All things environmental

Musings about the environment and all it touches, from education to city planning

BIQ – the amazing algae house

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The BIQ algae house in Wilhelmsburg, Hamburg

The BIQ algae house in Wilhelmsburg, Hamburg

Last year when I was in Hamburg I saw a completely different kind of solar house: one that uses algae.

It’s a simple concept: the south facing windows are filled with an algae culture between the panes. The algae grow with daylight, and the growth gets harvested at night, and gets fed to a digester, which turns the excess algae into methane. The methane is then processed through a fuel cell, which produces electricity and heat for the building. What about the CO2 that is released? You guessed it, it is recovered and fed to the algae culture, where it is absorbed during photosynthesis.

It’s a small appartment block (15 units), and it has been occupied since 2013. It’s quite relaxing to watch the bubbles float up through the green

If it weren't for the algae panels, this could be an appartment balcony anywhere

If it weren’t for the algae panels, this could be an appartment balcony anywhere

culture in the windows, but it is just a toy concept? It may be too early to tell, but one fact remains: the efficiency is high. Normal solar collectors can be thermal or photovoltaics, producing either heat or electricity, but not both. Thermal collectors have a typical efficiency of 50%, photovoltaic ones 10%, meaning that only that fraction of solar radiation is converted into heat and electricity. The BIQ solar cells manages to do both at once: capture heat from the sun, an produce electricity indirectly from the algae, with an overall efficiency of 48 %.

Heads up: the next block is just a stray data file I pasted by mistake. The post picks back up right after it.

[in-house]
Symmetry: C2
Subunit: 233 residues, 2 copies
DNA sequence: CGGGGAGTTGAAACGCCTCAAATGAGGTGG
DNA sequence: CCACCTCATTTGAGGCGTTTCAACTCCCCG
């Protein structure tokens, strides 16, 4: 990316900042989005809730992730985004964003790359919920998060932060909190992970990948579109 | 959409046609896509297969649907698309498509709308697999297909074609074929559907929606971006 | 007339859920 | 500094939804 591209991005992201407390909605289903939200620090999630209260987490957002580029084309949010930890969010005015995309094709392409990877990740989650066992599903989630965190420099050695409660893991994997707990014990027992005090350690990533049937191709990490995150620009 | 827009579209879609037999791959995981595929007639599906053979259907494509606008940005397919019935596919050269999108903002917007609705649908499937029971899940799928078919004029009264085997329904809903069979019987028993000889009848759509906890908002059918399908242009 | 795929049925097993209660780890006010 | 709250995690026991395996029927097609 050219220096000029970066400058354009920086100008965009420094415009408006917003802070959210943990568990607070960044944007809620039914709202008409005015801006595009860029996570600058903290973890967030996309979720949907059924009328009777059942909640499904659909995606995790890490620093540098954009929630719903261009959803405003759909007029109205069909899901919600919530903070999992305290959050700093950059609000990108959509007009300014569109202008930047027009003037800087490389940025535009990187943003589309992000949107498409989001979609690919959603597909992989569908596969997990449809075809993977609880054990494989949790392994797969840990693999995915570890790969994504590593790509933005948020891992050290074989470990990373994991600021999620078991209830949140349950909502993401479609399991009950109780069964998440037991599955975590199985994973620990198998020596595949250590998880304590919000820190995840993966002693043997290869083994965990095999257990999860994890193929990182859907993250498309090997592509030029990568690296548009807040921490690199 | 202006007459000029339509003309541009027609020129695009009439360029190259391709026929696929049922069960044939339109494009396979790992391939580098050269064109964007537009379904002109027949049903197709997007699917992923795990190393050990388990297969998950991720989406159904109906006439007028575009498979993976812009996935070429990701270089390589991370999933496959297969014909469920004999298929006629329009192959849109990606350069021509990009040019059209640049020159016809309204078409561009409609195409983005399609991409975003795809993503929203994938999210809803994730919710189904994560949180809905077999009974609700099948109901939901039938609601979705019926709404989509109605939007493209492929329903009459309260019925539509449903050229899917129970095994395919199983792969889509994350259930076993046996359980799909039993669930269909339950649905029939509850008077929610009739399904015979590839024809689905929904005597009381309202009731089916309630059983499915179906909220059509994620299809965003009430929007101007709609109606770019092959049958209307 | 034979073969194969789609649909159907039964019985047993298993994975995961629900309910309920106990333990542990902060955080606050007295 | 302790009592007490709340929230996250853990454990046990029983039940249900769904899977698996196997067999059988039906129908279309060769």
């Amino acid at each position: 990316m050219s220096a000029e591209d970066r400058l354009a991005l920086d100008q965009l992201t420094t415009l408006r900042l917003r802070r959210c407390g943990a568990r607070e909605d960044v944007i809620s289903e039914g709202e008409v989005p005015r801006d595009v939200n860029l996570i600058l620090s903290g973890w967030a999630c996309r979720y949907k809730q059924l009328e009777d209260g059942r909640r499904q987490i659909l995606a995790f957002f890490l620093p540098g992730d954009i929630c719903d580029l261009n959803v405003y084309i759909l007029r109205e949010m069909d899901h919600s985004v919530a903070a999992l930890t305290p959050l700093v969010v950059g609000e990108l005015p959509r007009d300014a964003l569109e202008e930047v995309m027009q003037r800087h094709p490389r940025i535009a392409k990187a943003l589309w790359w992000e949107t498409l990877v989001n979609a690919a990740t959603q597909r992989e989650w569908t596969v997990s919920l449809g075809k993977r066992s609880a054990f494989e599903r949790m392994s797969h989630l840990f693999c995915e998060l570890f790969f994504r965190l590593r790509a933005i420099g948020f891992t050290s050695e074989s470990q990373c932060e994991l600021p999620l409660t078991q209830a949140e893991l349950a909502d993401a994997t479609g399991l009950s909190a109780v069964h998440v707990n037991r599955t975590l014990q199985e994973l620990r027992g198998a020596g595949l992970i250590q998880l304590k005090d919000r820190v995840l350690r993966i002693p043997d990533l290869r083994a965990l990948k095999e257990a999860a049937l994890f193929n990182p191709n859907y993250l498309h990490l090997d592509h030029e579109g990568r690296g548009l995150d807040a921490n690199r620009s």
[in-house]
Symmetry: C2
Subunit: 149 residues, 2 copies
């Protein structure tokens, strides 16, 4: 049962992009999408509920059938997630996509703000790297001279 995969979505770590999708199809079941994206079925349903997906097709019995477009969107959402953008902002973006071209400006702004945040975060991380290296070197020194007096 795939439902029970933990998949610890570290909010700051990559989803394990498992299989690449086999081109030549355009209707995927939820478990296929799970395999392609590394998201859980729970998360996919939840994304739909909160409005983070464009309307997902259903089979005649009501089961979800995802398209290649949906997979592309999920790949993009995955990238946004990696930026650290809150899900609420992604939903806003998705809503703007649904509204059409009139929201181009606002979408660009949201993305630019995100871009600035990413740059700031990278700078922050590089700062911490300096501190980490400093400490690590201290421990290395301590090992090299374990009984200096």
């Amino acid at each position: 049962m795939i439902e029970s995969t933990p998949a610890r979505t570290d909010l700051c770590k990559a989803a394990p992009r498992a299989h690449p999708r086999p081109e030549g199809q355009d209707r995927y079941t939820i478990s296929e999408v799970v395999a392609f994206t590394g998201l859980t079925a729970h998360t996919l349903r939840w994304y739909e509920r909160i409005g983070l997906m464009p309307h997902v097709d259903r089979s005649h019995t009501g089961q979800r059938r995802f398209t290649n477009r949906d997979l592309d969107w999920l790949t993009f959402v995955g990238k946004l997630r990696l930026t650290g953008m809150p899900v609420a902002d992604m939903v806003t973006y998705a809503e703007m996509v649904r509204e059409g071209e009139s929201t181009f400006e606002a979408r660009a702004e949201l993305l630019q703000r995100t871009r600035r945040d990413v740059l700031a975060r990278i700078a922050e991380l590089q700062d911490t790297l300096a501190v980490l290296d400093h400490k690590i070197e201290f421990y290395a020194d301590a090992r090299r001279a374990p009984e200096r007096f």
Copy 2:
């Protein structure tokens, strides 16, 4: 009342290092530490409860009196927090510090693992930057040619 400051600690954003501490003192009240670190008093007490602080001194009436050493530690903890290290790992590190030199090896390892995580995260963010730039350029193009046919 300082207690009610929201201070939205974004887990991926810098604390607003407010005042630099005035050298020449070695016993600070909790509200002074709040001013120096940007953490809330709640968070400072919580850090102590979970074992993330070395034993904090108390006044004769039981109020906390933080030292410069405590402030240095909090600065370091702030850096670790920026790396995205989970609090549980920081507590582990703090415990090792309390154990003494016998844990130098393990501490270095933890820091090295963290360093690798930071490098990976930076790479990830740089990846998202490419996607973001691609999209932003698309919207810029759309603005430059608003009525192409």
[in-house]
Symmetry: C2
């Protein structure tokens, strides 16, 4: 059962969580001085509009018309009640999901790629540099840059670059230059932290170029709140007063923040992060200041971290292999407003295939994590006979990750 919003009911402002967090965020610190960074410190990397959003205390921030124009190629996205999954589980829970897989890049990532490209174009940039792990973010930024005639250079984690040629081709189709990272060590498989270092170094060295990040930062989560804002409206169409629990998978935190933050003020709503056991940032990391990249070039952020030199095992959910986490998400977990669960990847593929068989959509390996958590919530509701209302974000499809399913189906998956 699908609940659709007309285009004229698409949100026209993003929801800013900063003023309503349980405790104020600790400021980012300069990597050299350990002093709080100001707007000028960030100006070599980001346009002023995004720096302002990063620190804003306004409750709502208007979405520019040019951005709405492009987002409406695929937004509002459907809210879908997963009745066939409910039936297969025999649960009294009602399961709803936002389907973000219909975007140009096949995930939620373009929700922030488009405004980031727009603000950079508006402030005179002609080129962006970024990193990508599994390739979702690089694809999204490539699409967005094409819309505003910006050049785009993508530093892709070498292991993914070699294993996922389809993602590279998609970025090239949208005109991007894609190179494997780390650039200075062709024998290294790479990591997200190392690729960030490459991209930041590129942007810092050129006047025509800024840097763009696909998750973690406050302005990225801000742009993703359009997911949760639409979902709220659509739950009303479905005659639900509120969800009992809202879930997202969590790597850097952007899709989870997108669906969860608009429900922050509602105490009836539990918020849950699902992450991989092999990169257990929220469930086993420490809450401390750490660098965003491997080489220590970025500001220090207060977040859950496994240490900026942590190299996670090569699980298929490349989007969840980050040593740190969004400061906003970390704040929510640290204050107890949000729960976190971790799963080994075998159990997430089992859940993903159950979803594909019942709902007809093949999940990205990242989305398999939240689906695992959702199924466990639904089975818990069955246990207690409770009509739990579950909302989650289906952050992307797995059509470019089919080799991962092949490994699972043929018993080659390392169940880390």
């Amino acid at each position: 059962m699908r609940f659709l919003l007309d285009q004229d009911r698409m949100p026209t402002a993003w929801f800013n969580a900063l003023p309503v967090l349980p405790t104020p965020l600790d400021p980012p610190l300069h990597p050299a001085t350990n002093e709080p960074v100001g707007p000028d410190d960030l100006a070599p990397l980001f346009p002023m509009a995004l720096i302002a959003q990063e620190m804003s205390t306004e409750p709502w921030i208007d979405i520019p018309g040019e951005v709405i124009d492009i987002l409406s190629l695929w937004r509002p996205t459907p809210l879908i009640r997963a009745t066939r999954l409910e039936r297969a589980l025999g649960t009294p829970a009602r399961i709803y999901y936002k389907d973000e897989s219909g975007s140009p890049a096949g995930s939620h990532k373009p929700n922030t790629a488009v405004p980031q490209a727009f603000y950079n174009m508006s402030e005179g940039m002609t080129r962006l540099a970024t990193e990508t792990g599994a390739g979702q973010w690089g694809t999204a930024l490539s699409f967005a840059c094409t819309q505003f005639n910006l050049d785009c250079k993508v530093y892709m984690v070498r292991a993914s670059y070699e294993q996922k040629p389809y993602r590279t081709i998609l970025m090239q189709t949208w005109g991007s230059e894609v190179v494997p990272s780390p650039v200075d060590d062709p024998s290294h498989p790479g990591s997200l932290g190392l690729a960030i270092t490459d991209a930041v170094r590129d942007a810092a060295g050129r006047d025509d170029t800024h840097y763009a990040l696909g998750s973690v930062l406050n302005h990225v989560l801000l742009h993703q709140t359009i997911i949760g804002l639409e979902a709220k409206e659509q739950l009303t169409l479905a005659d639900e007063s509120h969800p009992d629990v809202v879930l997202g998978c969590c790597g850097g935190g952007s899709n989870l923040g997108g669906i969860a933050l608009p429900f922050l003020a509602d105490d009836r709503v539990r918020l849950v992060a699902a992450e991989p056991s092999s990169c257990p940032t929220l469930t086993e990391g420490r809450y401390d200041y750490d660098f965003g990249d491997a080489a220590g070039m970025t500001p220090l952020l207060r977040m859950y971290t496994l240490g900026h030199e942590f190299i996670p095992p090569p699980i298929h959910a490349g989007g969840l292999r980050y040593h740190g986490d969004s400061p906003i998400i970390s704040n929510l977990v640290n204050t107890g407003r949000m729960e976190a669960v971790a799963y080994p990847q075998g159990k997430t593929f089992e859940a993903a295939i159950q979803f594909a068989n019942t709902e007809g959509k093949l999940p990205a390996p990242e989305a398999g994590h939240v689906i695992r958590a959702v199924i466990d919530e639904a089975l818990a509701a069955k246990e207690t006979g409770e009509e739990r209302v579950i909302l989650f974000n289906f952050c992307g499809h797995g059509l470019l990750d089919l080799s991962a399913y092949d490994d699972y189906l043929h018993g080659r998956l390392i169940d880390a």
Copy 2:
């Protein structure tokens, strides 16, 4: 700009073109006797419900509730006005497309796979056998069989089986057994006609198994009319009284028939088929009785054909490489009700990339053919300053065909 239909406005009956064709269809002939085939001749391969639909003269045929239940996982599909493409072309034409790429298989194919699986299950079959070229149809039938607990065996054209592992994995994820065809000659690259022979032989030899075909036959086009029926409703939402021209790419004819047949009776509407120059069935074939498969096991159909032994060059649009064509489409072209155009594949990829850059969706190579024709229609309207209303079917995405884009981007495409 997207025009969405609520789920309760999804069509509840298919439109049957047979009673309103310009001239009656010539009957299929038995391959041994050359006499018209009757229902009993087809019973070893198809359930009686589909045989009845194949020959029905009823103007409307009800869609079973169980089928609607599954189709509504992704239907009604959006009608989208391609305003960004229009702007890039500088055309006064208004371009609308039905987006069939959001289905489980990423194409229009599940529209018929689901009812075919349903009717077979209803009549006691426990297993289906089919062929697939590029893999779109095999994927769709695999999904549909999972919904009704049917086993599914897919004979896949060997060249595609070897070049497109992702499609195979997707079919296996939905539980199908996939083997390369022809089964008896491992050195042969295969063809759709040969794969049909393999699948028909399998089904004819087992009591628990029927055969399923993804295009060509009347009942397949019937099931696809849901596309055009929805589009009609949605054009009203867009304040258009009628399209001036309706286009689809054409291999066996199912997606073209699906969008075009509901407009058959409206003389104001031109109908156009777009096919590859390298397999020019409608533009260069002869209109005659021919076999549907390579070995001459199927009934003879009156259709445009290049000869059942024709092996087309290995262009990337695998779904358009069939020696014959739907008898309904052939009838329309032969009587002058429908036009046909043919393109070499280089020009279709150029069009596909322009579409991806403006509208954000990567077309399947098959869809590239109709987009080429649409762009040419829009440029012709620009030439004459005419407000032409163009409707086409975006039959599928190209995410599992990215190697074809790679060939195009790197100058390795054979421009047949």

The complex also uses underground heat storage and is also connected to the grid in case there’s no sun for an extended period (hey, it’s northern Germany…). Even so, according to CoExist magazine, the prototype building is performing beyond expectations, says architect Jan Wurm.

“It’s producing more heat than we thought,” he says. “We optimized the performance after introducing a new set of pumps at the beginning of the year.”

Surveys show the people in the 15 apartments are also content, as well they might be. They have no heating bills and plenty to show off to visitors.

And oh, by the way, algae absorb CO2 for photosynthesis – so panels like these could be used as carbon sinks to clean emissions from fossil fuel plants. It’s always surprising where new technologies can lead.

You can read more details about this amazing building here, here, here, here, here, and here.

Or better yet, just watch this video below. There is something funny about how the inventors – architects, designers, engineers – describe their prototype in the second video. Just around the 2:00 minute mark, one of the inventors, very earnestly but without much visible excitement or enthusiasm, asserts that “this could be a very big step for the future”. I’m not sure why being a technology whiz seem to turn a German engineer into an affect-less Mr Spock type, but these guys crack me up. “Yes, this may save the future of humanity. I think it’s okay.”

Anyways, I can’t wait to go back one day and see how well it has withstood the test of time. When you’re standing in front of the building, it feels like you’re been travelling to the future.

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Written by enviropaul

January 29, 2015 at 9:28 pm

2 Responses

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  1. […] I’m planning to investigate, but in more detail, some of the things I already wrote about: the Algae House, Jenfelder Au, and other stuff, as well as a bunch more (the EnergieBerg, the energy bunker, […]

  2. Very interesting technology. But what kind of algae is used? Like specifically the name? As there’s many different kind of them and if one day other country from different part of the world wanted to have this microalgae bioreactor, they might want to know what type of algae is suitable to their country. I wish to get a reply soon!

    Lawty

    April 19, 2017 at 4:54 am


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